In the above respect, the Government has failed to also review, and have corrected in actual practice, the continuing non-trade barriers inhibiting progress under the ongoing Indo-Lanka Free Trade Agreement, before seeking to even discuss the concept of a far more comprehensive ETCA, which the Indian Government is constantly pushing on the Sri Lankan authorities, under the feigned guise of neighbourly concern for Sri Lanka’s development, which was effectively scuttled and derailed for some thirty years by India actively funding, equipping, training, and supporting a virulent terrorist insurgency which destabilised this entire country; this is a fitting reaction to the renewed initiatives being now taken by the new Indian Ambassador in Colombo, as well as Dr. Sashi Tharoor in a completely-unbalanced India-centric recent speech, and should be realised by Sri Lankan policymakers before it is too late.
Finally, none of the country’s professional economic bodies nor other stakeholders, have hitherto been explicitly involved in a transparent, active consultative process with Government functionaries in trade policy discussions, nor has emerging free trade policies been guided by an established, agreed, national development vision of where Sri Lanka is going in the context of the future prosperity and welfare of the Sri Lankan people, national sovereignty and autonomy (now being seriously eroded in several other respects), largely motivated by geo-political imperatives of regional countries in promoting Sri Lanka’s rush into supra-national international commitments, inimical to its economic future, for reasons detailed by the association (and extracted above in summary, from its own published commentary on this subject).
Sri Lanka Exporters’ Association concerns
The Exporter’s Association of Sri Lanka has also raised several significant concerns about the last budget’s provisions, regarded as very favourable by both the IMF and World Bank, that result in creating an unfavourable taxation environment for Sri Lanka’s exports, e.g. first, the increase in taxes for exports from 12 to 14%; second, the withdrawal of SVAT exemption; and third, the imposition of the Trade in Services Tax of 14% - all measures resulting in discouragement of exports and reduction in export volumes, which is a phenomenon already occurring according to recent export data.
EASL has further complained, with reference to specific industries, that the Cess on rubber exports has increased from Rs 4. to Rs 15, which makes this important commodity, uncompetitive in the world market; and added that budgetary incentives offered for the branding of tea, should have been extended by the Government to lines of non-traditional agricultural exports, where exporters with dynamic and innovative plans, are attempting to diversify the country’s hitherto neglected new varieties of agricultural exports, in order to stimulate the viability and vitality of a sector on which a vast majority of the rural communities depend for their livelihood; and where the lack of markets, both locally and overseas, have depressed these sectors of activity; and transformed a large proportion of the Sri Lankan population’s 40%, reputed to be in classical poor conditions, destined to live on less than $ 2 per day, which is the globally recognised poverty standard.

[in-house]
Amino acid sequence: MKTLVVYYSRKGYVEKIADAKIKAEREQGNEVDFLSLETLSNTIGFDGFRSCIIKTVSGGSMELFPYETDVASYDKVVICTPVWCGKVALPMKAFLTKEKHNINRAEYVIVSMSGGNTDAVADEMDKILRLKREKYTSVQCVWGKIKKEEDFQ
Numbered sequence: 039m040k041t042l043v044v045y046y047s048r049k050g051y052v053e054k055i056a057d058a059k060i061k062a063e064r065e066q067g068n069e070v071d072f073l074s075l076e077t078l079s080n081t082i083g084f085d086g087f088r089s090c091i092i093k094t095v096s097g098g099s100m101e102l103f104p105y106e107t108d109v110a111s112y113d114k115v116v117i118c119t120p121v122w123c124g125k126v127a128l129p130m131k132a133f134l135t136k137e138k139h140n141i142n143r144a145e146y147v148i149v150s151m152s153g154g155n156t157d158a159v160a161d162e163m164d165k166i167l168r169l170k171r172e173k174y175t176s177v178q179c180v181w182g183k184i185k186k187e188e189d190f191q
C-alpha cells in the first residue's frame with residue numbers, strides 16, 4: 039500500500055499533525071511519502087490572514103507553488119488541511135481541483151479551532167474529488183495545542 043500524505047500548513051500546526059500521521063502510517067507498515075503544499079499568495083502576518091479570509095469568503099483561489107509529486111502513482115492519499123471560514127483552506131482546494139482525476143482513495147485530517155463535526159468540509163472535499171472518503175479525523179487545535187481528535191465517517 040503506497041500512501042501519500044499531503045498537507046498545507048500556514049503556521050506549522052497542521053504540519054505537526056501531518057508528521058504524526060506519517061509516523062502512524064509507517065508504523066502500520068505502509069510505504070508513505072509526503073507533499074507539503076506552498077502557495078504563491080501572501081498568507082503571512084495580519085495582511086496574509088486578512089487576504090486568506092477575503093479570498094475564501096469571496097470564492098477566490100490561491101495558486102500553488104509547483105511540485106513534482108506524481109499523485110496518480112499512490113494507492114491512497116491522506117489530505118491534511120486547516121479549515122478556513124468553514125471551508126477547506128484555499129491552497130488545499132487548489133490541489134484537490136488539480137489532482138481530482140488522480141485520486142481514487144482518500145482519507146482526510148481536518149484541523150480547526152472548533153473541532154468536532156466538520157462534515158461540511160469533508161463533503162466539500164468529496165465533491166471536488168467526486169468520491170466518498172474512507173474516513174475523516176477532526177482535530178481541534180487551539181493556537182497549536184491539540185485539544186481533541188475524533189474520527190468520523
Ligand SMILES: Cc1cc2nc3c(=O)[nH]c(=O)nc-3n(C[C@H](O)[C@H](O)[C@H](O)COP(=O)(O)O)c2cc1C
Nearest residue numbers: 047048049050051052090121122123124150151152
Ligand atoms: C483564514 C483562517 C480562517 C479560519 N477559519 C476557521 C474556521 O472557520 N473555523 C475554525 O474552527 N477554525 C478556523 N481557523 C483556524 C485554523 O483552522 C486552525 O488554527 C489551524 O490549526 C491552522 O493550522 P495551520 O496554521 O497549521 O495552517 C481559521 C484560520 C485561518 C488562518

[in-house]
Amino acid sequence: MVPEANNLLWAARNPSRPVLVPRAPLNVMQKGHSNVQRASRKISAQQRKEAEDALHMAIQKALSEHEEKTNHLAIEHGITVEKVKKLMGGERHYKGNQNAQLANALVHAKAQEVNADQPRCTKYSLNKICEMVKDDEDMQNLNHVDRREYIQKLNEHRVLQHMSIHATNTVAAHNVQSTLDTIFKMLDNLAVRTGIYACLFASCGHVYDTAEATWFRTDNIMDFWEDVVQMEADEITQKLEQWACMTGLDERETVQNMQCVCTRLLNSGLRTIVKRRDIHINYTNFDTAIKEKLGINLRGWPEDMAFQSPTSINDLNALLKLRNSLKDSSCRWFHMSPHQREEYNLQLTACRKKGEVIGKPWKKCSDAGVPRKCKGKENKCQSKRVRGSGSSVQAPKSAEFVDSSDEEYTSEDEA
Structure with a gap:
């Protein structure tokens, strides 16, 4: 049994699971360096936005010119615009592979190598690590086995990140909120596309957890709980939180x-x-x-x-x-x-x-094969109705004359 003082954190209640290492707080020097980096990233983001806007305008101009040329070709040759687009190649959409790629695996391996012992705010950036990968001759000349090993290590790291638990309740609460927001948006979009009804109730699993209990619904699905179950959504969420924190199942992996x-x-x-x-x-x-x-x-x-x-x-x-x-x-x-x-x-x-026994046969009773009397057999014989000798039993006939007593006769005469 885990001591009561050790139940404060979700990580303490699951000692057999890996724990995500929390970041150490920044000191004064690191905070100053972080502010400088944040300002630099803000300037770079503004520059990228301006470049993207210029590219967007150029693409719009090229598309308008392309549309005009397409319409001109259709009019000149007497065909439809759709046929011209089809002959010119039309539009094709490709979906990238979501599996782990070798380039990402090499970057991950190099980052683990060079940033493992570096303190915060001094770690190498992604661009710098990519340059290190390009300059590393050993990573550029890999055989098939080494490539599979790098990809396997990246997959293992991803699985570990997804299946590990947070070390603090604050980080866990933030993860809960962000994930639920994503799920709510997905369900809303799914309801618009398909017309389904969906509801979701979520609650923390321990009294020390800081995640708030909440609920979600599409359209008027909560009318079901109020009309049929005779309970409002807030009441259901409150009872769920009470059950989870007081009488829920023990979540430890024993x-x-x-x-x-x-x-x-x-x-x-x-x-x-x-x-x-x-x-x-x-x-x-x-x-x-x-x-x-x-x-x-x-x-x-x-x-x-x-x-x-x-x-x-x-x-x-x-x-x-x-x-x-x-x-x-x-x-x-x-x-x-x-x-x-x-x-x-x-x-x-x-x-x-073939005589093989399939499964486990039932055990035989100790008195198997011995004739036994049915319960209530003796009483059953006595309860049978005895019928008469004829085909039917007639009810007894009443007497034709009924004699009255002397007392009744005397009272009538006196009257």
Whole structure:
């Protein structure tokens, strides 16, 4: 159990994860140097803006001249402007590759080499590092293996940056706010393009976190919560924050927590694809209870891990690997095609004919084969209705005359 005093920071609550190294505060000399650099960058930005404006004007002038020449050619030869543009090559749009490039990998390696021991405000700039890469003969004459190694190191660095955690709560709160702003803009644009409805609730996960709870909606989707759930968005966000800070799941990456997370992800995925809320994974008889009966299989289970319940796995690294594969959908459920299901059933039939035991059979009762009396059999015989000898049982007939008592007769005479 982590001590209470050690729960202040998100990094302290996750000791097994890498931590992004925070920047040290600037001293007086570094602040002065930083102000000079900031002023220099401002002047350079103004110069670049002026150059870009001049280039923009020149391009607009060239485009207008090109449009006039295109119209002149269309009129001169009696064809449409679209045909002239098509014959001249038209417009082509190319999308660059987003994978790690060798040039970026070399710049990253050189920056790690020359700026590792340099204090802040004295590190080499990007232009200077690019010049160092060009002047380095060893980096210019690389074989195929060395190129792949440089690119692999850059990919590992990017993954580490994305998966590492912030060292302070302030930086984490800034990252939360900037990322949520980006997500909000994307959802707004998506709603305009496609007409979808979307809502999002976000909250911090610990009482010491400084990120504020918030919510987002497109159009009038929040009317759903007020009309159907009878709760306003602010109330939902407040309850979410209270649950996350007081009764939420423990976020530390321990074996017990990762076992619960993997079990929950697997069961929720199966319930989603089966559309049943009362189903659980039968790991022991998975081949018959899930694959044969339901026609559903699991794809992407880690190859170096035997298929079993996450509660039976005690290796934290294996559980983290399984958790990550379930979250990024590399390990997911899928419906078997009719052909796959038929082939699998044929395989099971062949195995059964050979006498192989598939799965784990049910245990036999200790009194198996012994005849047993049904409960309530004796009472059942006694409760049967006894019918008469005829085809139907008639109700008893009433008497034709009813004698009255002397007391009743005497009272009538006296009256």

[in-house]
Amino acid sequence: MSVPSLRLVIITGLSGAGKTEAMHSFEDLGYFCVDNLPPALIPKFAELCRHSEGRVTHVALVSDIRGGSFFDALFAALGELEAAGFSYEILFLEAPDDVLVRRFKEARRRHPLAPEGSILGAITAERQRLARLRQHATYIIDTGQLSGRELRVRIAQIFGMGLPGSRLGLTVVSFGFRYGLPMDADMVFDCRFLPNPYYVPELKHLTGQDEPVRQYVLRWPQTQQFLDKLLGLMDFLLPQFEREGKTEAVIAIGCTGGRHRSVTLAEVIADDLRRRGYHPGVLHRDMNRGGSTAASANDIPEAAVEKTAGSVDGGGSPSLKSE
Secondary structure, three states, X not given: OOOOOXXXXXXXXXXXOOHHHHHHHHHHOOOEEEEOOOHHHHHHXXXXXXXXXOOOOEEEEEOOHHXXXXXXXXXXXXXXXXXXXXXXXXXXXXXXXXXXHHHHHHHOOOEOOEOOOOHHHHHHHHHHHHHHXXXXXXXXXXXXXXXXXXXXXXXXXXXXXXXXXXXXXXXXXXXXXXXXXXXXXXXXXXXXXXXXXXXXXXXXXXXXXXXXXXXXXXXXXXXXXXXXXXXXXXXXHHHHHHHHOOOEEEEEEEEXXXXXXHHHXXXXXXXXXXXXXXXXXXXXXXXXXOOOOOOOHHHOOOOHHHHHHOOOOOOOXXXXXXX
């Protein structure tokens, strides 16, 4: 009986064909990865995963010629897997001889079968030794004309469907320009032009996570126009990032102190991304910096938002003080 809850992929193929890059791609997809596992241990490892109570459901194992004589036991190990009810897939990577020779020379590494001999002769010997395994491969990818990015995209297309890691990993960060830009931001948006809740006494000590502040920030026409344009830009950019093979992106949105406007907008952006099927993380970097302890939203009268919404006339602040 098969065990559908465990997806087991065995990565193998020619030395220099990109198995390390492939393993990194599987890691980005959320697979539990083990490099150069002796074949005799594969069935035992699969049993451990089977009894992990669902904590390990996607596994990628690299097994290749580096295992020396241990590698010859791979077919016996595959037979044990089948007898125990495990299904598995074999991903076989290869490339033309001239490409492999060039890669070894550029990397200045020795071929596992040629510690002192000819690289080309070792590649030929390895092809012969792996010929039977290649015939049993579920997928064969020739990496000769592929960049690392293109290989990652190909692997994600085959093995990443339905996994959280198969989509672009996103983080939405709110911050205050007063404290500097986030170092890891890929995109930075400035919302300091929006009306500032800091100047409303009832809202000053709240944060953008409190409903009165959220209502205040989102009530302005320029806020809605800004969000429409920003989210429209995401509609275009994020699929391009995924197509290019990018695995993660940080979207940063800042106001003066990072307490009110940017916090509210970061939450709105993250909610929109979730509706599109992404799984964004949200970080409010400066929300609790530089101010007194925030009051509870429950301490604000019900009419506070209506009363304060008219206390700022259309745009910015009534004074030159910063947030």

CCC guidance: Trade liberalisation support needed
Since the International Trade Minister sought ideas in 2016 on measures to put in place to assist domestic businesses to meet the challenges of the Government’s FTA plans (without to date announcing the clear dimensions or specific substance of the trade liberalisation exercise), although they are now in the final phase of active FTA negotiation in the cases of China, Singapore and India, and in a conceptual stage with several others including Thailand, Malaysia, Indonesia, etc., the Ceylon Chamber of Commerce has recently formulated the following proposals for the Government to consider, in order to help businesses cope with FTAs’ challenges; these can now feed into initial NES preparation:
First, the Government must proactively chart and formulate an adjustment strategy with clearly identified and adequately resourced support measures for business enterprises;
Second, responsible Ministries, regulatory bodies and related agencies must be reoriented to be more ‘industry facing’ and business friendly, to support firms’ survival and growth;
Third, relevant agencies should address “well known pain-points” in trade facilitation, including non-tariff barriers, customs delays, testing and standards issues, (including quarantining and technical barriers), and regulatory gaps, in order to reduce enterprise transaction costs;
Fourth, Government funding and other support to target SMEs and other beneficiaries, to help them progress to foreign market exploration and development;
Fifth, specialised banking support, including credit lines, for businesses impacted by trade liberalisation, and also to exploit its advantages, e.g. access technology, diversify and expand export product lines;
Sixth, improve utilisation of industrial parks by small, adversely affected import-substitution businesses to upgrade technology and modernise facilities;
Seventh, facilitate access to technology upgrading and absorption to make businesses more competitive through subsidy schemes, linking them with academia, as well as upgrade and invest in process and product innovation, to enhance export market competitiveness;
Eighth, intensify extension by Government agencies to liaise with firms, to help bridge export market information gaps and subsidise market exploratory studies;
Ninth, assist export enterprises to find online buyers and suppliers, leveraging ICTA’s e-commerce expertise;
Tenth, assist greater labour market flexibility, by re-training workers for new sectors and improve efficient re-allocation of labour, including establishing satisfactory safety-nets; and